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** Vicodin is prescribed more than 100 million times each year in the US to treat moderate pain (like arthritis) and to treat coughs. Even in long-term users, Vicodin withdrawal is usually characterized by symptoms no worse than lack of appetite, mild nausea, irritability, anxiety, and restlessness. The withdrawal symptoms House usually displays (vomiting, insomnia, sweats and chills, depression, mood swings) are what would typically characterize frequent diacetylmorphine (heroin) abuse. Vicodin is also not known to cause [[spoiler: disassociative dissociative disorder (conditions that involve disruptions or breakdowns of memory, awareness, identity and/or perception)]]. That being said, the plotline of season 3 suggests that House is taking a fair amount more than a typical patient.



** In "The C-Word", [[spoiler:Wilson hallucinates one of his former patients, an 8-year-old who succumbed to thyroid cancer. The kid asks [[ArmorPiercingQuestion why he died if he did nothing wrong]]]]

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** In "The C-Word", [[spoiler:Wilson hallucinates one of his former patients, an 8-year-old who succumbed to thyroid cancer. The kid asks [[ArmorPiercingQuestion why he died if he did nothing wrong]]]]wrong]].]]



*** It's revealed Cameron [[spoiler:married a dying man when she was in her twenties and then fell for his best friend .]]

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*** It's revealed Cameron [[spoiler:married a dying man when she was in her twenties and then fell for his best friend .]]friend]].



* FatalFlaw: Dr. House has an injured leg and is addicted to painkillers, though most characters agree that he was just as much of a miserable jerk before he suffered the injury and developed the addiction. However, unlike in most TV series, there are never any flashbacks to House's life preseries, so we never know if this is true or not.

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* FatalFlaw: Dr. House has an injured leg and is addicted to painkillers, though most characters agree that he was just as much of a miserable jerk before he suffered the injury and developed the addiction. However, unlike in most TV series, there are never any flashbacks to House's life preseries, pre-series, so we never know if this is true or not.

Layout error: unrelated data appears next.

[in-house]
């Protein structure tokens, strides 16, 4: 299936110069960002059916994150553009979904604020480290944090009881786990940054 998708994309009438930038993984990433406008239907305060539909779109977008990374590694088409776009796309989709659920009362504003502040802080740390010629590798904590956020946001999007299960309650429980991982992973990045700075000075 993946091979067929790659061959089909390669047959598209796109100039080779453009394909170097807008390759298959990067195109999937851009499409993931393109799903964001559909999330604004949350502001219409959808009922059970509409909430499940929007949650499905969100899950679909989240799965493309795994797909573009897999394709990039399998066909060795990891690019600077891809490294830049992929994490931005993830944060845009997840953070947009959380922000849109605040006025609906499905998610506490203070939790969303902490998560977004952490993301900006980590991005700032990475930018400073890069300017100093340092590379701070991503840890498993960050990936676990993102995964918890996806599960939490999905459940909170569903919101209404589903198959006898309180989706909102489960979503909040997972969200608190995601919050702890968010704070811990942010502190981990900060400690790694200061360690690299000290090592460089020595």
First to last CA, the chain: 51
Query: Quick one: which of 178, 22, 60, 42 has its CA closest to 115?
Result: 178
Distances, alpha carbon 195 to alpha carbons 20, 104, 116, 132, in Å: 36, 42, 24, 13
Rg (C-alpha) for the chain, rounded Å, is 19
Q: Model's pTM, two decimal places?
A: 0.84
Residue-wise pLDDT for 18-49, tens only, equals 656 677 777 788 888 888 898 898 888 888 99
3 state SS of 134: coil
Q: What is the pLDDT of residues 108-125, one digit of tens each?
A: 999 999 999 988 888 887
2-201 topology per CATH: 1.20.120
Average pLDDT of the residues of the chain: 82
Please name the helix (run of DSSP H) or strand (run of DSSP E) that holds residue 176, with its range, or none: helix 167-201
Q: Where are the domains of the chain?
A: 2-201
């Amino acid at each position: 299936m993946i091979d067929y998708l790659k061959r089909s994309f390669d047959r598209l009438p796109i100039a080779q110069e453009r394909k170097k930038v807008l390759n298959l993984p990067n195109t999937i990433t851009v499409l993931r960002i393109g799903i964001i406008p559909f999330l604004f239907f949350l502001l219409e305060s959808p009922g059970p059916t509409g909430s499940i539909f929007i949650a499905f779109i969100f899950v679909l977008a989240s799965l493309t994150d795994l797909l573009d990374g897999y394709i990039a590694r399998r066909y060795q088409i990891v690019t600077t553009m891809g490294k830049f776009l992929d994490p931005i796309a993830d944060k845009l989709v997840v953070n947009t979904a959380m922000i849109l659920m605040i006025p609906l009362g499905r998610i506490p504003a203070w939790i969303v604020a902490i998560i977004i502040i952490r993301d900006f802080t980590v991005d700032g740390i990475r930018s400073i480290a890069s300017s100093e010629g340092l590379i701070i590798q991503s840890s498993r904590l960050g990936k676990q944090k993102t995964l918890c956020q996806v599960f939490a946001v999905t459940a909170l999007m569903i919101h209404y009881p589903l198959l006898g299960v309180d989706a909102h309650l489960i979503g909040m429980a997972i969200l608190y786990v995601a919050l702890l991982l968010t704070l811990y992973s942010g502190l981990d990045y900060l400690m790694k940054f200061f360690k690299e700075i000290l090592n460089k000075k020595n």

** Chase's official specialities are in cardiology and intensive care. And then he ended up as the Head of Surgery for awhile.

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** Chase's official specialities specialties are in cardiology and intensive care. And then he ended up as the Head of Surgery for awhile.



** There are ''plenty'' of jokes about Thireteen's bisexuality, though they are usually used to further characterize House (and sometimes Foreman) as a {{Jerkass}}.

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** There are ''plenty'' of jokes about Thireteen's Thirteen's bisexuality, though they are usually used to further characterize House (and sometimes Foreman) as a {{Jerkass}}.
1st Apr '16 2:45:39 PM Michal
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* RippedFromTheHeadlines: Several episodes' plots, per WordOfGod. One in particular, "Lines in the Sand", seems to be inspired by [[http://web.archive.org/web/20070505200852/http://www.workopolis.com/servlet/Content/qprinter/20051008/ROUNDWORM08 this story]].

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* RippedFromTheHeadlines: Several episodes' plots, per WordOfGod. One in particular, "Lines in the Sand", seems to be inspired by [[http://web.archive.org/web/20070505200852/http://www.workopolis.com/servlet/Content/qprinter/20051008/ROUNDWORM08 [[http://www.ncbi.nlm.nih.gov/pmc/articles/PMC2807255/ this story]].
29th Mar '16 8:39:31 AM hullflyer
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** His wrong assumptions, however, are justified considering that many diseases and/or disorders sometimes have the same symptoms. You can see this especially in episodes where the PatientoftheWeek has a disease/disorder that is considered rare.

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** His wrong assumptions, however, are justified considering that many diseases and/or disorders sometimes have the same symptoms. You can see this especially in episodes where the PatientoftheWeek PatientOfTheWeek has a disease/disorder that is considered rare.